He said, “Miss Speer, I would like to shout you out for always calling home. Even though I say that I hate it, I know that you do it because you love me, and I know that you do it because you want to make a difference, and that means a lot to me.”

The school year goes on, and he passes all of his classes. And it’s time for promotion. We always gather in homerooms to prep for promotion and go over the details one more time. And he shows up in suit pants, the nicest dress shoes, this beautiful suit vest and this bowtie and a bright yellow button-up.

And he’s like, “Miss Speer take a picture of all the boys. Miss Speer take a picture of the whole class. Miss Speer just take a picture of me, because I look great.”

The night comes to an end, and I’m literally standing on the sidewalk waiting for people to get picked up and I’m just sobbing.

He gives me a hug and he’s like, “Everything is going to be great. Thank you for being my teacher. Thank you for being great. You are going to be fine. We are going to be fine. I’m going to be fine. It’s gonna be good.”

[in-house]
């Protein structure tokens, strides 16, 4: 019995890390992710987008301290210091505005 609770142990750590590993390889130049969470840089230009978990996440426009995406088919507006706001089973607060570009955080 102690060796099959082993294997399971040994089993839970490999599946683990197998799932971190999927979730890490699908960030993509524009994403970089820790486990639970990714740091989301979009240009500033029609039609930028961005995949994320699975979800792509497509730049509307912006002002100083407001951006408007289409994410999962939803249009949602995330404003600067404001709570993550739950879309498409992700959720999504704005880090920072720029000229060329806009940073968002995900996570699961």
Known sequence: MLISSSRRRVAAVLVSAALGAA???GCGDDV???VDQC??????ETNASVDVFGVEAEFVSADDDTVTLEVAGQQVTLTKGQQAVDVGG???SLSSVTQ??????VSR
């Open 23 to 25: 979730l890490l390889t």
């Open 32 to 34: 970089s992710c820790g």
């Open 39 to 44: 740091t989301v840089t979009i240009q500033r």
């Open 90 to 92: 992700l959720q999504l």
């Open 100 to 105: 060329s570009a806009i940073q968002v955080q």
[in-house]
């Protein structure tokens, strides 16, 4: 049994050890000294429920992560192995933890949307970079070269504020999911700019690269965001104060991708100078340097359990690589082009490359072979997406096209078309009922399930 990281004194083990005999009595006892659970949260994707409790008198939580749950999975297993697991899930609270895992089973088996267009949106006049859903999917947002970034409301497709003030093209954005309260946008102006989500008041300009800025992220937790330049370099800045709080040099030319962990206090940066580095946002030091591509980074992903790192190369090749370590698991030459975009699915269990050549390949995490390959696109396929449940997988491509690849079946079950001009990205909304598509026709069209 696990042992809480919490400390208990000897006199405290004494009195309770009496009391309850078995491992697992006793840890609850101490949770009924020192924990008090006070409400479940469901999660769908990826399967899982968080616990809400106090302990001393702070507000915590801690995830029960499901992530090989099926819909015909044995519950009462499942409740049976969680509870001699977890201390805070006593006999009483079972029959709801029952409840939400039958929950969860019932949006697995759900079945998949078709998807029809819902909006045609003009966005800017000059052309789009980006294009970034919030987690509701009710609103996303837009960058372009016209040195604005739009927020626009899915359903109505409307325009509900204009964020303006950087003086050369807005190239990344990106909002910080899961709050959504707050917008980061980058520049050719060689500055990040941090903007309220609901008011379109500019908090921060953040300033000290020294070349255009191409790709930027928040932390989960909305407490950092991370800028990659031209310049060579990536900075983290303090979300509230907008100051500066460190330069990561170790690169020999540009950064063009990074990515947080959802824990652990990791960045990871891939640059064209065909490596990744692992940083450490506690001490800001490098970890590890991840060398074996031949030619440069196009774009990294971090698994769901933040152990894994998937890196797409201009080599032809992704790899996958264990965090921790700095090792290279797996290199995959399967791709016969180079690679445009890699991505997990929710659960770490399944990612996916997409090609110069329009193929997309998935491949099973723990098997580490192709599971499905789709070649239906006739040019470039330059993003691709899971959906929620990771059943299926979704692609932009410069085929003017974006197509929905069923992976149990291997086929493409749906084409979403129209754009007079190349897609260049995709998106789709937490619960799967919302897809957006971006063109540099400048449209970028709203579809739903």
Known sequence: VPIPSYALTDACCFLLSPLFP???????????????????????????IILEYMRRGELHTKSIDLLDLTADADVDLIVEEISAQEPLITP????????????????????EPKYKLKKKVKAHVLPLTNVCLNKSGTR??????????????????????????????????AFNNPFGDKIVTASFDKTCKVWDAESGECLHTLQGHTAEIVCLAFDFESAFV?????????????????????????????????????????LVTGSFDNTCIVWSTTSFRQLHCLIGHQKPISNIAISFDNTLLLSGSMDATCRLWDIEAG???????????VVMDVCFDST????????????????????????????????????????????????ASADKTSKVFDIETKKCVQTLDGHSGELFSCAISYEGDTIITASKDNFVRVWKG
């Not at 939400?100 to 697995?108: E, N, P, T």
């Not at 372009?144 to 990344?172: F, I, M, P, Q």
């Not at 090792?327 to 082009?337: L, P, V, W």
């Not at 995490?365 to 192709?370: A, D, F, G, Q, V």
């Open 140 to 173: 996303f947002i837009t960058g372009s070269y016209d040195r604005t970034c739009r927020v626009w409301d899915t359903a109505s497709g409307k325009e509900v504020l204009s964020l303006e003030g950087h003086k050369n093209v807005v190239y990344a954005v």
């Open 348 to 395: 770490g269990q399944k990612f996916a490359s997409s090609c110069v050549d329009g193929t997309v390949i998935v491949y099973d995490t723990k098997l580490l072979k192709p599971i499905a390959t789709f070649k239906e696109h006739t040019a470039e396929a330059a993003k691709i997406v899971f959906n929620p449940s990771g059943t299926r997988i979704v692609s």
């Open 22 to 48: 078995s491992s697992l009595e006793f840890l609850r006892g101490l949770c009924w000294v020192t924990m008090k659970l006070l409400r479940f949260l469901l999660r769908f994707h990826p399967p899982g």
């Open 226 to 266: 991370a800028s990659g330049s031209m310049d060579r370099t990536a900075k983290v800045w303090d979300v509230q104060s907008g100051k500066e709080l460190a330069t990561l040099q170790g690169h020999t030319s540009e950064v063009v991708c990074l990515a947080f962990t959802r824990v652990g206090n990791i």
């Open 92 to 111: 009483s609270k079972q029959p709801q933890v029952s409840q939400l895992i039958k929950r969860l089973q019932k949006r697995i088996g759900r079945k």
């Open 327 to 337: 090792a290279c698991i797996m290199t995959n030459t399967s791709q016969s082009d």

I would love for that to be the end of this story.

But unfortunately, three weeks into summer, he was killed in an act of gun violence.

I think that although this story isn’t happy, it’s something that I want to share because everyday, I am pushed to be a better person and a better teacher. In his memory, sometimes I do the tough things or I go the extra mile, or I make those calls that I really didn’t want to make because I know that I’m going to hear it from the student, because I know that it matters. I want to continue to be that person.

Shout out to all the teachers who do that every single day, because it’s hard to make the hard phone calls. It’s hard to go the extra mile. It’s really hard to go home and feel like you are not on their side. But it matters. It makes a difference.

Shout out to him because he makes me a better person every single day.